Web women, and a Westlife weightlifter

Sat, Jul 7, 2012, 01:00

Nicky Byrne is acclimatising to domestic life after Westlife, and accompanied his wife Georgina Ahern to the launch of the website her.iein Pink nightclub on Thursday evening. “We’re into the second week now since it all ended. It’s nice to be at home and I’m doing a lot of training.”

Byrne said that although he played professional soccer for Leeds United for a while, he’s not training in the beautiful game at the moment. “I’m boxing training and weightlifting.” He’s also cleaning. “I cleaned out the garage today, which I wanted to do for a long time. It’s nice to be around the house and to take the kids to summer camp.”

Ahern is one of the weekly contributors to the new website. “It’s all very light-hearted. It’s not rocket science and is all common sense,” she said. The Byrnes are heading to Portugal this weekend and are due to holiday at Parknasilla in August.

One of the main men behind her.ieis former Ireland and Munster hooker, Jerry Flannery. Two years ago Niall McGarry went to Flannery with the idea of launching a men’s sports and lifestyle website, joe.ie. Flannery said that he was drawn to it because they both spent a lot of time online. Now they’re trying joe.iefor the female market.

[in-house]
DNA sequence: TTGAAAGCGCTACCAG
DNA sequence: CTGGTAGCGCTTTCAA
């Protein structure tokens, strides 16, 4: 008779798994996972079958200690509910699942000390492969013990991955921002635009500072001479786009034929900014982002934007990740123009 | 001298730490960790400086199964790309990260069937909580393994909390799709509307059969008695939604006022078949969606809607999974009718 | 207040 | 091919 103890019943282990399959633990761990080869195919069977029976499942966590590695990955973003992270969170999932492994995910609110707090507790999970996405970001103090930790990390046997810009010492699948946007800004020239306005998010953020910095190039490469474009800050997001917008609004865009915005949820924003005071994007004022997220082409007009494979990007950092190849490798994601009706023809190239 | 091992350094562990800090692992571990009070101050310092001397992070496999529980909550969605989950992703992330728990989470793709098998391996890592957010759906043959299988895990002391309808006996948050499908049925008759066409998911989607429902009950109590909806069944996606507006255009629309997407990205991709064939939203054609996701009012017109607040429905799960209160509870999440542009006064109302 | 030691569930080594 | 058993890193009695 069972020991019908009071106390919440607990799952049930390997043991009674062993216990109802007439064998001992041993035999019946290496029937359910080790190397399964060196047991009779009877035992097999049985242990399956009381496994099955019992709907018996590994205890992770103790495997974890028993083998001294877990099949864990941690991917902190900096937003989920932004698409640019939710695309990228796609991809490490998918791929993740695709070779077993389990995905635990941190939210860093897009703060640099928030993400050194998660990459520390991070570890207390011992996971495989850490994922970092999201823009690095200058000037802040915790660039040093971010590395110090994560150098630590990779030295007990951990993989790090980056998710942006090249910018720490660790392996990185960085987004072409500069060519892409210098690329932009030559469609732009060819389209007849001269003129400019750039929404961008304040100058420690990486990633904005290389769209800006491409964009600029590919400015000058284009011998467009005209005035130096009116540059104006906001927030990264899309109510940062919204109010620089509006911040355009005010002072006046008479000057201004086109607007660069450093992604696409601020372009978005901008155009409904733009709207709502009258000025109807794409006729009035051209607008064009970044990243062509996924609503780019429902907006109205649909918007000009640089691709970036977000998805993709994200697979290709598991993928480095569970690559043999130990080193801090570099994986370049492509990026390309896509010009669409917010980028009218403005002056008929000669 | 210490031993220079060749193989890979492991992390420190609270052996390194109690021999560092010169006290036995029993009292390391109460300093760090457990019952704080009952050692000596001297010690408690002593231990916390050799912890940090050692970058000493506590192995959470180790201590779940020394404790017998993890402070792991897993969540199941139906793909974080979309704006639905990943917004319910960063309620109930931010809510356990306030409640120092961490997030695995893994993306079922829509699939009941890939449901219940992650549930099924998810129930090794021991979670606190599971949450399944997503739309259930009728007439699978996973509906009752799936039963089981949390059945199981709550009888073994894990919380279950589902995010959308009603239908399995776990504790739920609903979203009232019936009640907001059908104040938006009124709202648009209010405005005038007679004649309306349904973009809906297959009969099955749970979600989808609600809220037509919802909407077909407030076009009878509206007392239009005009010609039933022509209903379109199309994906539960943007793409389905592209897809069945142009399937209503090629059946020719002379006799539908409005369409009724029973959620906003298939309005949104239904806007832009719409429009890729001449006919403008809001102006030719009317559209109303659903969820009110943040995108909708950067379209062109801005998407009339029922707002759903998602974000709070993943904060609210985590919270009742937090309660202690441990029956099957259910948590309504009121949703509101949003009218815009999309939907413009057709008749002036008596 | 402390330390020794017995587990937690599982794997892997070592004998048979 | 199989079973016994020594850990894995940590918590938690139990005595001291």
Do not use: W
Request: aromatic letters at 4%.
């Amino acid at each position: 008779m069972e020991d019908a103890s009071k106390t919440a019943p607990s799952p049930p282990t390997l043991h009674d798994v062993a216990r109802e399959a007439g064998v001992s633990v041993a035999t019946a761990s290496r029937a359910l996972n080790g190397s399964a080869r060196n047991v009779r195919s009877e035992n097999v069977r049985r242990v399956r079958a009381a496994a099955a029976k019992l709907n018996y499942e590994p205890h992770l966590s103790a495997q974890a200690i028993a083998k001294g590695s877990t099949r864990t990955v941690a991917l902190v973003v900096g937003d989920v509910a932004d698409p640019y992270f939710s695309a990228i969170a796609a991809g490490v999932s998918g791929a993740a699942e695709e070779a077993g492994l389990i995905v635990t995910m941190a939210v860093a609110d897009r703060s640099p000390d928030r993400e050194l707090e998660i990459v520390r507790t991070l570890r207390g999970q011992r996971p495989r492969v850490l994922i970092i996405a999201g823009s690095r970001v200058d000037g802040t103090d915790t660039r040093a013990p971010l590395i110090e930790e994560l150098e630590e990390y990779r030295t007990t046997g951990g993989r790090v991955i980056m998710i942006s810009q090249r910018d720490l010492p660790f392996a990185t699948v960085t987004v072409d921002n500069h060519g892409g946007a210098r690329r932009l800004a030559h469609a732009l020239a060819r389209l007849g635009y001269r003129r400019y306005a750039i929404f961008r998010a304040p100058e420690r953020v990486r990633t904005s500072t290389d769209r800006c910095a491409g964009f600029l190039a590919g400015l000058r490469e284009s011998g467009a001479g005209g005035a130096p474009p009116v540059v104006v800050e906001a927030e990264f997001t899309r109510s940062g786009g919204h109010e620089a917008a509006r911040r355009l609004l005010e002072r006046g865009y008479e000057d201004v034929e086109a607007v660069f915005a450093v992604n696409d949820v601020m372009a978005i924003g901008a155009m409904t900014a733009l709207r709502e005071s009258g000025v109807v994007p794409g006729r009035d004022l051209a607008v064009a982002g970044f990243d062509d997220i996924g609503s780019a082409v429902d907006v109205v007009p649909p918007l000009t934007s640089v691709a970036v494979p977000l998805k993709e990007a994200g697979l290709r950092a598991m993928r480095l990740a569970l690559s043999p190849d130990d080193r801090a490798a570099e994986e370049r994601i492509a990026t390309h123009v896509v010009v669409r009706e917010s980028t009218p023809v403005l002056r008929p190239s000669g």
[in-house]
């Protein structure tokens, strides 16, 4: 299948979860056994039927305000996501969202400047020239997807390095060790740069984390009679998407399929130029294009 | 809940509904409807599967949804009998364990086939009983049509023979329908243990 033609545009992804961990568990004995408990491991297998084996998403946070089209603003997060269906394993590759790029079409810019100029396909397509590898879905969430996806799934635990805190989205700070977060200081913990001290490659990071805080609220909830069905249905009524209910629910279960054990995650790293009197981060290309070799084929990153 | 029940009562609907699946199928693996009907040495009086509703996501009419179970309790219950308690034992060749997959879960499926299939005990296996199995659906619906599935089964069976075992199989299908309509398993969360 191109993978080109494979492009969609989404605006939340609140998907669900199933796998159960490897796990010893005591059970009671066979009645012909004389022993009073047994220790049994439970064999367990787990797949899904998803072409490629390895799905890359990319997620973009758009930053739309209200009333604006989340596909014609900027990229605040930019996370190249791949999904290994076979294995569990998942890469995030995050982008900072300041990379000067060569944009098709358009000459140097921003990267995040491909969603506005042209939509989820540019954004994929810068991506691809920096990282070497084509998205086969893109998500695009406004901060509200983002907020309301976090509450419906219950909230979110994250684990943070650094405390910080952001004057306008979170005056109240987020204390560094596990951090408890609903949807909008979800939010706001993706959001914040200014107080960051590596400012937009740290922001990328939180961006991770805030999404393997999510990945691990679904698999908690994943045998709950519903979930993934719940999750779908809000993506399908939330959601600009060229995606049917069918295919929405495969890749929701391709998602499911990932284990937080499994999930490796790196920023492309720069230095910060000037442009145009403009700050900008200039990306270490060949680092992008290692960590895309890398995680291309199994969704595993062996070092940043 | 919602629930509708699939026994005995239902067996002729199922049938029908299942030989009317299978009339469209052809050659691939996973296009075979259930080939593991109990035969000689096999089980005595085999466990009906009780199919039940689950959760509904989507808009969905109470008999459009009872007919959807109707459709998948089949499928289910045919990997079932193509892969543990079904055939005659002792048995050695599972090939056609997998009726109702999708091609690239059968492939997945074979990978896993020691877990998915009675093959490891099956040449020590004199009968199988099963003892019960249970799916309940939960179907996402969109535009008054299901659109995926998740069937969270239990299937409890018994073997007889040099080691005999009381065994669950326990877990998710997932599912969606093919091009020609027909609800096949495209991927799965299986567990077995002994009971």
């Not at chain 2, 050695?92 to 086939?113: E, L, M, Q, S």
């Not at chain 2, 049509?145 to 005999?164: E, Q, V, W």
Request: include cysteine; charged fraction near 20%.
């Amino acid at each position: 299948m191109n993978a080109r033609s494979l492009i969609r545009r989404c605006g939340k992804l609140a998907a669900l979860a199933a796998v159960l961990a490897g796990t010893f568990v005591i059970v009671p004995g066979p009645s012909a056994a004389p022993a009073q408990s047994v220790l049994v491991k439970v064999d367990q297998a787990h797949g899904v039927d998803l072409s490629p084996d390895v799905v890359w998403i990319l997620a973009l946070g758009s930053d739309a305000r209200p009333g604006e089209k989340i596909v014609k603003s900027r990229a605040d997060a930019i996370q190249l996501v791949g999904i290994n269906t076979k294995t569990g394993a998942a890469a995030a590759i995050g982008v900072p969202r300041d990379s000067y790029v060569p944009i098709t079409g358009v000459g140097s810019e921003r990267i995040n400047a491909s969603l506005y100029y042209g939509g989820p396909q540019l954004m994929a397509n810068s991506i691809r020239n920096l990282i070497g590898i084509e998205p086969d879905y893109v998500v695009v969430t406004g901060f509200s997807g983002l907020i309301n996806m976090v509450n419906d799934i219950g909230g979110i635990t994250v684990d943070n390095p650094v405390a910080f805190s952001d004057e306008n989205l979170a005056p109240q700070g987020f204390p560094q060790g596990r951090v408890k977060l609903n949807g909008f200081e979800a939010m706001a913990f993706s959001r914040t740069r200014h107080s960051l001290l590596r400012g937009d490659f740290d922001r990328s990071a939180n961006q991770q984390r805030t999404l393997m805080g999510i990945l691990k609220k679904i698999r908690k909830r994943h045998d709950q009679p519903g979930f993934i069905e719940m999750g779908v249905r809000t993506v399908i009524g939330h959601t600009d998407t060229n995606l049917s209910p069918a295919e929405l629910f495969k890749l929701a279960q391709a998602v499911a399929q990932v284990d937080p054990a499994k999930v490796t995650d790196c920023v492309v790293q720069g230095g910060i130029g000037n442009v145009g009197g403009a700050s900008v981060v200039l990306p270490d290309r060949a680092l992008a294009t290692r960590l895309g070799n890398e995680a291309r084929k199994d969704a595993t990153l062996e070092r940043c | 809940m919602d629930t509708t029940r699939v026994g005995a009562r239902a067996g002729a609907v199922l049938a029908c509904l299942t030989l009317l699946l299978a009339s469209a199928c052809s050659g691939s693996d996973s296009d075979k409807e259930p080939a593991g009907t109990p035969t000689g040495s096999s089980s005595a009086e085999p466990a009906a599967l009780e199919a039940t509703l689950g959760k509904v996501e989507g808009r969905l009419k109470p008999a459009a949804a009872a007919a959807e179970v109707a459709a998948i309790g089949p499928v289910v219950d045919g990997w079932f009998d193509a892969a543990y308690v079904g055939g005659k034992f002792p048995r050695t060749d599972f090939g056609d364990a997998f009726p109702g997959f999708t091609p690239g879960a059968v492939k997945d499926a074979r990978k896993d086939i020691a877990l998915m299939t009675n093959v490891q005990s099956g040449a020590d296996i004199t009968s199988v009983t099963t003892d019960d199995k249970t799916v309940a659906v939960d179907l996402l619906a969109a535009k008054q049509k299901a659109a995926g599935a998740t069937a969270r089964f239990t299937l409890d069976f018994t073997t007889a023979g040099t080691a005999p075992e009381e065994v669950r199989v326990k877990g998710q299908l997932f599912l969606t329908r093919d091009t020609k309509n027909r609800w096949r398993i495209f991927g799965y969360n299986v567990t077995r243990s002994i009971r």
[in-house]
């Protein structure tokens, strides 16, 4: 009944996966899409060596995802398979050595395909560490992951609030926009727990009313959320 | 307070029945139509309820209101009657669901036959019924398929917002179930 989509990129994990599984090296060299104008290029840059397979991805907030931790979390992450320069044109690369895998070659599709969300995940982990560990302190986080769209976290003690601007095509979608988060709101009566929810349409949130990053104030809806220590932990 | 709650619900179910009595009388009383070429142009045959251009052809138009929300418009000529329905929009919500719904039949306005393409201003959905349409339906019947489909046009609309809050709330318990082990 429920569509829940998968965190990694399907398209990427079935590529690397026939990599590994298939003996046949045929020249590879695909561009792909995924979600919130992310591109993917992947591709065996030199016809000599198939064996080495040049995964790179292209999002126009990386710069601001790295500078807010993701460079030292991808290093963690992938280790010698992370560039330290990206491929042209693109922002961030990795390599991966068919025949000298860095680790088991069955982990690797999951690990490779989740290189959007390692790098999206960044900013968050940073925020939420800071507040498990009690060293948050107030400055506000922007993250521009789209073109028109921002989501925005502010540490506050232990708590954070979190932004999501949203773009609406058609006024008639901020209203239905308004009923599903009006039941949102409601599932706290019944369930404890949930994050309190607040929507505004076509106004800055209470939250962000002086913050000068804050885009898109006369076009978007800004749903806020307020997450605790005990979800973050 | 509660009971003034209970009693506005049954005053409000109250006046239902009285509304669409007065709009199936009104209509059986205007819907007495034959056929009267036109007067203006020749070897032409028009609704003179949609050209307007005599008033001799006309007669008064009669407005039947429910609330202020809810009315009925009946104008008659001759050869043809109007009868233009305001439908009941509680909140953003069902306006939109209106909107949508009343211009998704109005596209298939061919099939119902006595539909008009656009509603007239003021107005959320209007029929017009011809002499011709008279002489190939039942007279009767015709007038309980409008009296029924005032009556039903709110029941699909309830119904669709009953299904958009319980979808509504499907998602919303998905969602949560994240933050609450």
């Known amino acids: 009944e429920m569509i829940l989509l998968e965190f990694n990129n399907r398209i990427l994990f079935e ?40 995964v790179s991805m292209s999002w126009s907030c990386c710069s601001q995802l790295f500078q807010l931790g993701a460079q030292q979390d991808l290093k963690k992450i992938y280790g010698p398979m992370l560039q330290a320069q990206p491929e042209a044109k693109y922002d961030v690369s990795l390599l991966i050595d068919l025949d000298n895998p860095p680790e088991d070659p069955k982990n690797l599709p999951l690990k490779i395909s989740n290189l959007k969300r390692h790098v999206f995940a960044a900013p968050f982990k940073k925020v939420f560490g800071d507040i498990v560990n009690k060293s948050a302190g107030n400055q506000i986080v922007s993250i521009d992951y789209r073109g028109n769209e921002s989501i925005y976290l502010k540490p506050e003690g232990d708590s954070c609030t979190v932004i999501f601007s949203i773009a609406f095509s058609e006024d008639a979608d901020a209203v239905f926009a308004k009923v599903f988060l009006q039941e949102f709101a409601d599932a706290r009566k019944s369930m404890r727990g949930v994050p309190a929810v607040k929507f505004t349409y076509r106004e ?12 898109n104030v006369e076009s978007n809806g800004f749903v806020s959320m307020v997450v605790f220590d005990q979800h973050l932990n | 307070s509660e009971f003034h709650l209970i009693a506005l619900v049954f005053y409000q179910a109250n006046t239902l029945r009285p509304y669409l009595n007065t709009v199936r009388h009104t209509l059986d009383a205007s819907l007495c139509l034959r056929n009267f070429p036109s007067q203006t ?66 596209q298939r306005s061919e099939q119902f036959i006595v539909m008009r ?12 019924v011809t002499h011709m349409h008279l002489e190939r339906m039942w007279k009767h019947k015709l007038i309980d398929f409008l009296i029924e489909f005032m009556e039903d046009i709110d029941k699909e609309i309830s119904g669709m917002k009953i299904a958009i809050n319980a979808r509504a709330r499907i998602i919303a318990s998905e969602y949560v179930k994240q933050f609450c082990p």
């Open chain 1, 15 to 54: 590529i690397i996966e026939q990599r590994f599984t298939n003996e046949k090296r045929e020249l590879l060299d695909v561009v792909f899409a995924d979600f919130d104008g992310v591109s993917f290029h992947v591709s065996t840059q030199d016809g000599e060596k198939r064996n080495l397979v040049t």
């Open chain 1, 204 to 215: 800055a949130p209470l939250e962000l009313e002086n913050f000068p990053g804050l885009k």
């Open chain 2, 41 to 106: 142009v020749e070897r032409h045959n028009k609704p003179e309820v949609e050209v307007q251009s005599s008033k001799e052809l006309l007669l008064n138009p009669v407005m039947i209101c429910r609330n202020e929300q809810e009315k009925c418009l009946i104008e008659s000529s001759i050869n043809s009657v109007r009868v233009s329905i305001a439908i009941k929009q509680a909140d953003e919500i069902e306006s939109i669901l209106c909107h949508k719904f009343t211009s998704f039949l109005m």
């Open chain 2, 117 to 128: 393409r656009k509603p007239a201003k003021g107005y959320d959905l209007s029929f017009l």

“Obviously, because we’re lads, it’s very hard to anticipate what women want,” Flannery said with a grin. “But we used the joe.iebusiness model and put people together.” He won’t have a hands-on role in the day-to-day running of the site. He just spent a couple of weeks in Ibiza with his girlfriend, Katy Barwell, and is in college at the moment, doing a master’s degree in sports performance at the University of Limerick. “It is relevant to what I’ve been doing for the past 10 years. It helps the transition from rugby into the real world.”

Today FM’s Mairead Farrell, another contributor to the website, arrived with her boyfriend, Louis Ronan. Farrell chatted to Sarah Williams of Arnotts, who was looking forward to attending her friend’s wedding. Dr Joanne Healy from Ovens in Co Cork will marry Nick O’Dwyer from Howth, Co Dublin, at Dromiquinna Manor near Kenmare, in Co Kerry, today.

Who we spottedRTÉ sports broadcaster Evanne Ní Chuilinn; Michael O’Doherty of VIP magazine.

What we drankMojitos

Miss Ireland, Mrs White